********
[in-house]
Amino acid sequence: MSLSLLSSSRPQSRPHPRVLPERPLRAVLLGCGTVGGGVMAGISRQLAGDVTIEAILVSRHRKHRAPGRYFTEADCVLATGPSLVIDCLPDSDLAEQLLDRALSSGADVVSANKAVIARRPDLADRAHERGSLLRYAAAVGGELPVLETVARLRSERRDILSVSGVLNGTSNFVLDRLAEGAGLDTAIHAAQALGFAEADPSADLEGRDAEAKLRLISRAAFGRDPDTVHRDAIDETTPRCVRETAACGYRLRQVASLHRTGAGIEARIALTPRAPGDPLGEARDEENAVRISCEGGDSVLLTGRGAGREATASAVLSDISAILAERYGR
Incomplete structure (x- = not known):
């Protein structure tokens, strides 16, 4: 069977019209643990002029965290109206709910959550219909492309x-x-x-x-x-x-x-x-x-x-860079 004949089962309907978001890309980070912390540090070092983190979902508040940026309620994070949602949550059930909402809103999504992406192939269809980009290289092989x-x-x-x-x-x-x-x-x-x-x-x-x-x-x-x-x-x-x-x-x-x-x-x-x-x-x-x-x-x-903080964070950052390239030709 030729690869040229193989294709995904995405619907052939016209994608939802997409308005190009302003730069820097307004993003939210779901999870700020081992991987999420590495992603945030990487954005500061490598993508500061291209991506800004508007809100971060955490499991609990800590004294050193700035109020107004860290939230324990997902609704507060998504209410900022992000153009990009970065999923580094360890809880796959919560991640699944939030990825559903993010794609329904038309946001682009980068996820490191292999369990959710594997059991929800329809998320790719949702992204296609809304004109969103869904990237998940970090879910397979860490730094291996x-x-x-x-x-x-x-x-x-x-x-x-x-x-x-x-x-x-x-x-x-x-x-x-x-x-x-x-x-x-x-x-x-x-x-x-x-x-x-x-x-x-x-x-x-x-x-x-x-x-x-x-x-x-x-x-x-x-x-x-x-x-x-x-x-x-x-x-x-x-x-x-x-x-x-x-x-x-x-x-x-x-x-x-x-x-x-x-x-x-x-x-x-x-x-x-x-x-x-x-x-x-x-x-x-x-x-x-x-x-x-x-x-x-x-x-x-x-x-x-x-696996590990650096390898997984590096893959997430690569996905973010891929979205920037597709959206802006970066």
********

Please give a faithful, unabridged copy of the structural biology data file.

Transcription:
[in-house]
Amino acid sequence: MSLSLLSSSRPQSRPHPRVLPERPLRAVLLGCGTVGGGVMAGISRQLAGDVTIEAILVSRHRKHRAPGRYFTEADCVLATGPSLVIDCLPDSDLAEQLLDRALSSGADVVSANKAVIARRPDLADRAHERGSLLRYAAAVGGELPVLETVARLRSERRDILSVSGVLNGTSNFVLDRLAEGAGLDTAIHAAQALGFAEADPSADLEGRDAEAKLRLISRAAFGRDPDTVHRDAIDETTPRCVRETAACGYRLRQVASLHRTGAGIEARIALTPRAPGDPLGEARDEENAVRISCEGGDSVLLTGRGAGREATASAVLSDISAILAERYGR
Incomplete structure (x- = not known):
């Protein structure tokens, strides 16, 4: 069977019209643990002029965290109206709910959550219909492309x-x-x-x-x-x-x-x-x-x-860079 004949089962309907978001890309980070912390540090070092983190979902508040940026309620994070949602949550059930909402809103999504992406192939269809980009290289092989x-x-x-x-x-x-x-x-x-x-x-x-x-x-x-x-x-x-x-x-x-x-x-x-x-x-x-x-x-x-903080964070950052390239030709 030729690869040229193989294709995904995405619907052939016209994608939802997409308005190009302003730069820097307004993003939210779901999870700020081992991987999420590495992603945030990487954005500061490598993508500061291209991506800004508007809100971060955490499991609990800590004294050193700035109020107004860290939230324990997902609704507060998504209410900022992000153009990009970065999923580094360890809880796959919560991640699944939030990825559903993010794609329904038309946001682009980068996820490191292999369990959710594997059991929800329809998320790719949702992204296609809304004109969103869904990237998940970090879910397979860490730094291996x-x-x-x-x-x-x-x-x-x-x-x-x-x-x-x-x-x-x-x-x-x-x-x-x-x-x-x-x-x-x-x-x-x-x-x-x-x-x-x-x-x-x-x-x-x-x-x-x-x-x-x-x-x-x-x-x-x-x-x-x-x-x-x-x-x-x-x-x-x-x-x-x-x-x-x-x-x-x-x-x-x-x-x-x-x-x-x-x-x-x-x-x-x-x-x-x-x-x-x-x-x-x-x-x-x-x-x-x-x-x-x-x-x-x-x-x-x-x-x-x-696996590990650096390898997984590096893959997430690569996905973010891929979205920037597709959206802006970066």